10 May

Pick a Day

10 MAY

In Music History

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2019 The #FreeBritney movement gains traction as supporters gather outside the Los Angeles courthouse where Britney Spears speaks to a judge about her conservatorship. Spears has been under the conservatorship, a legal maneuver typically used to protect the elderly or mentally incompetent, since 2008, with her father, Jamie Spears, conservator.

2018 Responding to the #MuteRKelly campaign, Spotify removes R. Kelly and XXXTentacion from playlists as part of a new policy against "hate content" and "hateful conduct." The capricious policy is rescinded two weeks later after an industry backlash.

2018 Scott Hutchison, the 36-year-old lead singer of the Scotish band Frightened Rabbit, is found dead after going missing a day earlier.

2016 Justin Timberlake performs his new single "Can't Stop the Feeling" in the interval of the Eurovision Song Contest as the show is broadcast in America for the first time. His appearance in Stockholm, Sweden, leads to speculation that the USA will be invited to enter the song competition, following the successful addition of Australia to the line-up in 2015.

2011 The Cars, disbanded since 1988, release their album Move Like This and kick off a tour with a concert at the Showbox in Seattle. It doesn't go well: tensions soon resurface, and the tour is cut short after less than a month. They don't play together again until their Rock and Roll Hall of Fame induction in 2018.

2011 Norma Zimmer, The Lawrence Welk Show's longtime "Champagne Lady," dies at age 87.

2010 In tribute to the recently deceased Detroit Tigers broadcaster Ernie Harwell, Jose Feliciano performs the US national anthem before the Tigers/Yankees game at Tiger Stadium. In 1968, Harwell had Feliciano sing the anthem before a Tigers World Series game, and the 23-year-old blind Puerto Rican singer responded by playing the first non-traditional rendition of the song at a major sporting event. He and Harwell took a lot of heat, but in later years, it became common for singers to put their own spin on the song.

2009 Songwriter/historian Julie Coryell dies at 61.

2006 T.I. is arrested and jailed in Georgia for failing to fulfill the conditions of his probation. In 2003, the rapper was involved in an altercation with security officers at a Florida mall. He was taken into custody for striking an officer. After pleading guilty to battery, T.I. was sentenced to complete community service. Three years later, the rapper was taken back into custody for not completing the required number of hours set by his parole agreement.

2005 British soul and R&B singer Seal marries celebrity model Heidi Klum. The couple had been dating since 2004, when Klum gave birth to her daughter Leni, sired by her previous boyfriend; Seal was present at the birth and Klum announced that Seal would adopt Leni as her father. The couple have three biological children together before their divorce in 2012.

2003 #1 Billboard Album: Madonna's American Life

2003 Matthew West marries his long term girlfriend, Emily.

1994 Serial killer John Gacy, the subject of songs by Sufjan Stevens and Jane's Addiction, is executed for the murders of 33 young men and boys.

1994 Philadelphia rhymers G. Love & Special Sauce release their self-titled debut album, featuring "Cold Beverage" and "Baby's Got Sauce."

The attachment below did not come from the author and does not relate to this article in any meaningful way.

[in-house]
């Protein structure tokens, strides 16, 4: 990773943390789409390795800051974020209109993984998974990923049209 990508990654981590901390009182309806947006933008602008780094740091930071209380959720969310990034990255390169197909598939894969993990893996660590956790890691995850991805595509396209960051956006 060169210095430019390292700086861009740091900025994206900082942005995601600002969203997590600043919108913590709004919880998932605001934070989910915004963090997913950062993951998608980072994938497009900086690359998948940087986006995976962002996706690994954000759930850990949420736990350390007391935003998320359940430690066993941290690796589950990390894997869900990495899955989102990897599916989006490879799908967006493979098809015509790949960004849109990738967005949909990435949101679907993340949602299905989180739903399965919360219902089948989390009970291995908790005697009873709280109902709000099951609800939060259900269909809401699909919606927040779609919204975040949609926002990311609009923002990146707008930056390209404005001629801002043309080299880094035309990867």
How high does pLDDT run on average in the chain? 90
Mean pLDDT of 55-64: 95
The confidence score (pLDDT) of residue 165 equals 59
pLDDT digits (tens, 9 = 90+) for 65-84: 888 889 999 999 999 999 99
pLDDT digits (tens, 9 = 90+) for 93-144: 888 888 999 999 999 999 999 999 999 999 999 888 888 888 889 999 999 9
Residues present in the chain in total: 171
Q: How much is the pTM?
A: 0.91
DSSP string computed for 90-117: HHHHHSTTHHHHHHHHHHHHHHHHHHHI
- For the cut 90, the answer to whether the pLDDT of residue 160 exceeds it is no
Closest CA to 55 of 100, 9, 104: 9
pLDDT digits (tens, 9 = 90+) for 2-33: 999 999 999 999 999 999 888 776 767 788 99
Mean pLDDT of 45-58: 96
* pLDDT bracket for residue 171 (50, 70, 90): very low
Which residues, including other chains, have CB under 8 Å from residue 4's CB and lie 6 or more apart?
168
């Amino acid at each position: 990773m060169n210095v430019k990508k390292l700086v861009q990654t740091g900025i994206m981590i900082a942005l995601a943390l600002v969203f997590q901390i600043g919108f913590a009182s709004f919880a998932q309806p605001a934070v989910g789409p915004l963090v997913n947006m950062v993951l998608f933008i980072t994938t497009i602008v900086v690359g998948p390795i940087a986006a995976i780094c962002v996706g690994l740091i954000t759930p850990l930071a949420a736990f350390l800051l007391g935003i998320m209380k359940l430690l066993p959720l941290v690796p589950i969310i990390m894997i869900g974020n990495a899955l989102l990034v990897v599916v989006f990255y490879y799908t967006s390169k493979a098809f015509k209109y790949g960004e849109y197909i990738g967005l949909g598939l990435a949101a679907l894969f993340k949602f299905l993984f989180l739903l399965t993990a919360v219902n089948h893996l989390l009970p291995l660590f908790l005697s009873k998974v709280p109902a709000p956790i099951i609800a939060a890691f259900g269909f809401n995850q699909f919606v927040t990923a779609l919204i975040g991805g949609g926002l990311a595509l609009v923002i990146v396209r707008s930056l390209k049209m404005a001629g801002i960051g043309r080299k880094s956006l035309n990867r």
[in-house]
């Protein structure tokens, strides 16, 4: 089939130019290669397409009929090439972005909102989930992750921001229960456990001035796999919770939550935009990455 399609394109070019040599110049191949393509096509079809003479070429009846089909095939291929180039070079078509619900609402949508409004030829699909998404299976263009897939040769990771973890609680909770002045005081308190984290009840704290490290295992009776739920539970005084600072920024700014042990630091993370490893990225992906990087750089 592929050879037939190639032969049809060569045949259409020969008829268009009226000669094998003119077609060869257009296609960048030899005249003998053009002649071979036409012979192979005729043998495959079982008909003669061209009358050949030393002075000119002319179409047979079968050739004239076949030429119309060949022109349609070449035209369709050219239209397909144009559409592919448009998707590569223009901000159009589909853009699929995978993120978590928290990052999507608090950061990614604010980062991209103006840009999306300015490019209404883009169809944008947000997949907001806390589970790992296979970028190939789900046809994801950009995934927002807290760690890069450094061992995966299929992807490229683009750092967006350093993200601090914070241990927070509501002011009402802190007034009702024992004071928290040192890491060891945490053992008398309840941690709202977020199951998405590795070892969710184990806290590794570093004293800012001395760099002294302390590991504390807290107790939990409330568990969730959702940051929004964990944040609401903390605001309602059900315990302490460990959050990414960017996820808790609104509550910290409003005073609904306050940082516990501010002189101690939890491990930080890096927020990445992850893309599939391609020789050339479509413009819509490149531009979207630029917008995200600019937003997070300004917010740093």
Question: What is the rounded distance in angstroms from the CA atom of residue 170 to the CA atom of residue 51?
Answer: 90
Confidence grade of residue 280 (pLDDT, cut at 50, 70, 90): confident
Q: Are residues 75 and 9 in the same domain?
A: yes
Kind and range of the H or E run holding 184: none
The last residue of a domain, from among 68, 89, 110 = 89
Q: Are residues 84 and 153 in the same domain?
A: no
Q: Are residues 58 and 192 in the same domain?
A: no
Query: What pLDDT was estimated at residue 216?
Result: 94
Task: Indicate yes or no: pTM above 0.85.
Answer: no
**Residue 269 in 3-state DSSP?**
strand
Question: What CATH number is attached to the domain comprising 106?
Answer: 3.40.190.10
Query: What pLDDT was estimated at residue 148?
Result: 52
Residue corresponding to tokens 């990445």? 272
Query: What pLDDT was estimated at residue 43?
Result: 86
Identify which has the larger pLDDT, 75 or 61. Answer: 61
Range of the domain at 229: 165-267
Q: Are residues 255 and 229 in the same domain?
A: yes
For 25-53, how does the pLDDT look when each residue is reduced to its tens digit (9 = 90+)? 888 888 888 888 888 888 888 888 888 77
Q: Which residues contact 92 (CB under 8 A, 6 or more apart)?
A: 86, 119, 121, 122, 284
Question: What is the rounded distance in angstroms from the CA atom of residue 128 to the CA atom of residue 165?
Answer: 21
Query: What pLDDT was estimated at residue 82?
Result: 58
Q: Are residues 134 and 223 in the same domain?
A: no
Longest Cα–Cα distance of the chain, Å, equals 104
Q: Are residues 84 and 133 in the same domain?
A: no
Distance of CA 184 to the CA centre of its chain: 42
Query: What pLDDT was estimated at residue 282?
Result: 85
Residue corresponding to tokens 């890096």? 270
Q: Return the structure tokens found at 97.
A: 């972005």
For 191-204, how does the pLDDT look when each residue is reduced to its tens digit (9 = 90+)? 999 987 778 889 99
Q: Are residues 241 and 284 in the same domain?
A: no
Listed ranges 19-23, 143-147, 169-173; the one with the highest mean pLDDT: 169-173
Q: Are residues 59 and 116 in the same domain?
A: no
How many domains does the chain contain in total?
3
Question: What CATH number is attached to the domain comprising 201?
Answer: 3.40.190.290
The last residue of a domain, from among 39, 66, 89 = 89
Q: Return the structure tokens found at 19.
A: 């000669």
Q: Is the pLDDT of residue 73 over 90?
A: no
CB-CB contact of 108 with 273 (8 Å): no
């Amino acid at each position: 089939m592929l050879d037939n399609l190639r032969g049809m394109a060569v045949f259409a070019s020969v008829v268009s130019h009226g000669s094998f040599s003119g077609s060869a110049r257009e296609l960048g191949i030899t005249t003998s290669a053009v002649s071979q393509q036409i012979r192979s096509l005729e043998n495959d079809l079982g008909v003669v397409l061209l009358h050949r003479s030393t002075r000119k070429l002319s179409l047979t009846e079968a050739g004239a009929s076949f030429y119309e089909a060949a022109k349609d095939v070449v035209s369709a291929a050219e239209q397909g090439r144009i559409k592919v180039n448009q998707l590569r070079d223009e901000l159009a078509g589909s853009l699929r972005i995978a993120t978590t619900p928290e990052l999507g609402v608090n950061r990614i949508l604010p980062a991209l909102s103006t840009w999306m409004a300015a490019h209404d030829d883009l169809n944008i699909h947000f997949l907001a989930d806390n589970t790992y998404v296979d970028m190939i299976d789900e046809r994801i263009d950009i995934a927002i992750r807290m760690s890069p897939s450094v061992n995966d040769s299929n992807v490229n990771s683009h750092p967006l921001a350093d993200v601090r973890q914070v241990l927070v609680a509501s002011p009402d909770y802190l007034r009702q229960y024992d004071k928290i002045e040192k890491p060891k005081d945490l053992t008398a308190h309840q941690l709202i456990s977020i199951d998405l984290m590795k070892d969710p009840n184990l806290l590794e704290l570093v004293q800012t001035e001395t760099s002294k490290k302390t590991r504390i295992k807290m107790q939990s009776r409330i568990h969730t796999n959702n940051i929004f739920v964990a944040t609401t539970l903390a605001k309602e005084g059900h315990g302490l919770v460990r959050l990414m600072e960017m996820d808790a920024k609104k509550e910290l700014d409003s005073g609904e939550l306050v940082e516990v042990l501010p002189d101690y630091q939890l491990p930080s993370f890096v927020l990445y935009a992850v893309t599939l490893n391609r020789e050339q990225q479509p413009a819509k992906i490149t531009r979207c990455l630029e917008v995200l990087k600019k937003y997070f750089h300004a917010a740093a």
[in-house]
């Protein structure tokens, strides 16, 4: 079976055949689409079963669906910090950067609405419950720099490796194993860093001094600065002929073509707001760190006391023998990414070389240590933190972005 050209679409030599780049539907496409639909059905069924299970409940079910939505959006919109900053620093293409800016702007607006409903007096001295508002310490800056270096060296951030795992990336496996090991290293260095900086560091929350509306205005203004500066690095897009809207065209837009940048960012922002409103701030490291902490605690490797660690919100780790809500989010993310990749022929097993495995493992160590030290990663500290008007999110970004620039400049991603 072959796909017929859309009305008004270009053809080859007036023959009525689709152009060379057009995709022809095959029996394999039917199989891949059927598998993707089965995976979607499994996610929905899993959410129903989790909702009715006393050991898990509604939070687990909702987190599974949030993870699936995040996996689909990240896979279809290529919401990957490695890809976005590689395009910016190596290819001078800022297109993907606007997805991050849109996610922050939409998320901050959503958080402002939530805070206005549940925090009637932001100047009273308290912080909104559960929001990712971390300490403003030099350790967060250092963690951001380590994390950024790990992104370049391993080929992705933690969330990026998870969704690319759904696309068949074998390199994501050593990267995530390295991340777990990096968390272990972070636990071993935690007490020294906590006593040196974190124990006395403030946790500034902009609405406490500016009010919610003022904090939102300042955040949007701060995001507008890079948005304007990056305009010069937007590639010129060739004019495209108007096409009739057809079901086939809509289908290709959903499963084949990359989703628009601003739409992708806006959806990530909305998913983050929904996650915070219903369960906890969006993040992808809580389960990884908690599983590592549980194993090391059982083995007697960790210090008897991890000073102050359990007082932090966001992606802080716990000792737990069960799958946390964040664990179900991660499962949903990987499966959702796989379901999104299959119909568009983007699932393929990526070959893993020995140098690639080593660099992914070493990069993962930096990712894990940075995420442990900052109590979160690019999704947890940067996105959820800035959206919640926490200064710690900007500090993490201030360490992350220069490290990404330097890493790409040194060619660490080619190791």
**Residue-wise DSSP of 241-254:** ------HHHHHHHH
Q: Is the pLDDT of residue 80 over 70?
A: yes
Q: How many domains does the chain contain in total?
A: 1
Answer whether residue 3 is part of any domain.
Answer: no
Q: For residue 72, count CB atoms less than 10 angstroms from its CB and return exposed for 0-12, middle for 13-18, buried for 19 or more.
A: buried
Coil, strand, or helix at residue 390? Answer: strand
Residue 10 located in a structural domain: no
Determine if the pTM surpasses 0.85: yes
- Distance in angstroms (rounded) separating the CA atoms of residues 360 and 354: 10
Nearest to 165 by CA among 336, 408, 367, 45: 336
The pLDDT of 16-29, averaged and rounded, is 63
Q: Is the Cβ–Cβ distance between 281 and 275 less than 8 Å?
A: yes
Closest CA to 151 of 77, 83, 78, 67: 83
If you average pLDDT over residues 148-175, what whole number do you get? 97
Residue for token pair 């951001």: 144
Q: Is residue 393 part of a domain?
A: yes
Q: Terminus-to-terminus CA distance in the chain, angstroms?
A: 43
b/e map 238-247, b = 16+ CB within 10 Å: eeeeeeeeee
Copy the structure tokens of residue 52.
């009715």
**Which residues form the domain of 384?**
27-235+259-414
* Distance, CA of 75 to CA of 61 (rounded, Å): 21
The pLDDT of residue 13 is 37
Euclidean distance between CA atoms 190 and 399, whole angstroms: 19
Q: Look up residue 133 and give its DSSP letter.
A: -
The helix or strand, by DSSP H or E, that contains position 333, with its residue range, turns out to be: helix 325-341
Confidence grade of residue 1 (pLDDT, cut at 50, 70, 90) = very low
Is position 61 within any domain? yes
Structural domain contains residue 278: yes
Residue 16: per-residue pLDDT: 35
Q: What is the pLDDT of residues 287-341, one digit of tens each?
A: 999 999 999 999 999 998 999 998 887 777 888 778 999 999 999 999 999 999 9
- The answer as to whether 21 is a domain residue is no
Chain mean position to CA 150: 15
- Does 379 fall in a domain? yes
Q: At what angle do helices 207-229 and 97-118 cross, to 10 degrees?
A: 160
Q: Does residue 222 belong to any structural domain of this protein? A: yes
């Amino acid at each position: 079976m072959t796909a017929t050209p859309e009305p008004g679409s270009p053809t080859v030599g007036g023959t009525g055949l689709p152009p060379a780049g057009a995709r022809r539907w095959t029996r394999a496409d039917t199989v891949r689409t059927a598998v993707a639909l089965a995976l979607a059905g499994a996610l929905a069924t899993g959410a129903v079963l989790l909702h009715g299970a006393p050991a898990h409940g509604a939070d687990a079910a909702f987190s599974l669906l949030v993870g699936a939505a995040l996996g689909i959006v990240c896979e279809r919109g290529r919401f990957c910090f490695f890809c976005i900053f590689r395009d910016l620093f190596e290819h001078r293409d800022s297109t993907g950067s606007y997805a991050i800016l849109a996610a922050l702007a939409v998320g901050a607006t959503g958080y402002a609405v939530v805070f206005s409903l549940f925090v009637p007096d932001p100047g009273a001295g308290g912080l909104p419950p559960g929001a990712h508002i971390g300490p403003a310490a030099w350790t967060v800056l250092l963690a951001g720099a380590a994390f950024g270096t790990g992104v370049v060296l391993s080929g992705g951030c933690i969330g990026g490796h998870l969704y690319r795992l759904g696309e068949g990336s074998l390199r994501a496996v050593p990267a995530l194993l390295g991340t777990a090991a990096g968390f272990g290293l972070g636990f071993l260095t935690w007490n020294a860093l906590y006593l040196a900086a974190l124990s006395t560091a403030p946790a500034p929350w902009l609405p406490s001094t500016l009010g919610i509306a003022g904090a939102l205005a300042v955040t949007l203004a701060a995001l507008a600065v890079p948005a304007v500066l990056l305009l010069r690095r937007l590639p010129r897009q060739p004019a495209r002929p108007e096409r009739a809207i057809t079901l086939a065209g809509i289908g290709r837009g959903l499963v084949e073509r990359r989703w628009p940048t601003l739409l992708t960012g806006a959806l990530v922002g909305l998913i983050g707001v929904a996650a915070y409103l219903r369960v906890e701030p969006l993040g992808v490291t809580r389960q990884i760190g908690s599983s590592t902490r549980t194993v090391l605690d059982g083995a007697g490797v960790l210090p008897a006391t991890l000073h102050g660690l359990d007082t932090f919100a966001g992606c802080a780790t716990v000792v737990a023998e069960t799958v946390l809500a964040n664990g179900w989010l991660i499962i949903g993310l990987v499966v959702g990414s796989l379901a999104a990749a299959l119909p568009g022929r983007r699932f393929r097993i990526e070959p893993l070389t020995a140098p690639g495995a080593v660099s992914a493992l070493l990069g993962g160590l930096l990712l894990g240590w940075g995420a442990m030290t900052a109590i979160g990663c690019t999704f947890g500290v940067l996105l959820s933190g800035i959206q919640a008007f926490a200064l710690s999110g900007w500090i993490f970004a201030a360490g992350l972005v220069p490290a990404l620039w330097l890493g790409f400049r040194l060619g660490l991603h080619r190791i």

1992 Jazz singer Sylvia Syms (not to be confused with the actress Sylvia Syms) dies from a heart attack onstage at the Algonquin Hotel in New York.

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Bono Is Born

1960

Paul Hewson is born in Dublin. He shortens his nickname from Bono Vox (Latin for "good voice") to simply Bono and fronts the band U2.


Bono meet his bandmates David "The Edge" Evans, Adam Clayton, and Larry Mullen Jr. while attending Mount Temple Comprehensive School and starts out playing guitar before switching to lead vocals. The son of a Catholic father and Protestant mother, Bono's early lyrics reflect his attempts to understand his spirituality; "Gloria," from the band's second album, October, is an exaltation pulled from the pages of the Bible and introduces U2 to the MTV audience. The religious thread runs through much of the band's catalog, but Bono's scope widens to address social and political concerns as their next album, War, opens with the protest anthem "Sunday Bloody Sunday," a painful reminder of the violence surrounding The Troubles in Northern Ireland. The band's experimentation isn't limited to their lyrical themes as they follow up the rock-fueled War with the ambient Unforgettable Fire. By the time they release their fifth album, The Joshua Tree (1987), a blues-and-country-inflected treatise of America, the group is widely hailed as the greatest rock band in the world. And it seems they know it, closing out the decade with Rattle and Hum, a bombastic tribute to rock gods that briefly sours their rep with critics. A new decade brings a new Bono – several, actually. Achtung Baby, a foray into industrial music and EDM, finds the frontman trying on different identities, from the crooked televangelist "Mirror Ball Man," to the slick rocker "The Fly" to the Devil's sidekick "MacPhisto." The accompanying Zoo TV Tour restores U2 to their former glory as they shift into the second half of their career, steadily reaching the upper echelon of the albums chart with six more acclaimed releases. Following Bono's lead is a safe bet, as long as you're cautious, says Bob Dylan, who collaborated with the singer on "Love Rescue Me": "Spending time with Bono was like eating dinner on a train - feels like you're moving, going somewhere. Bono's got the soul of an ancient poet and you have to be careful around him. He can roar 'til the earth shakes."

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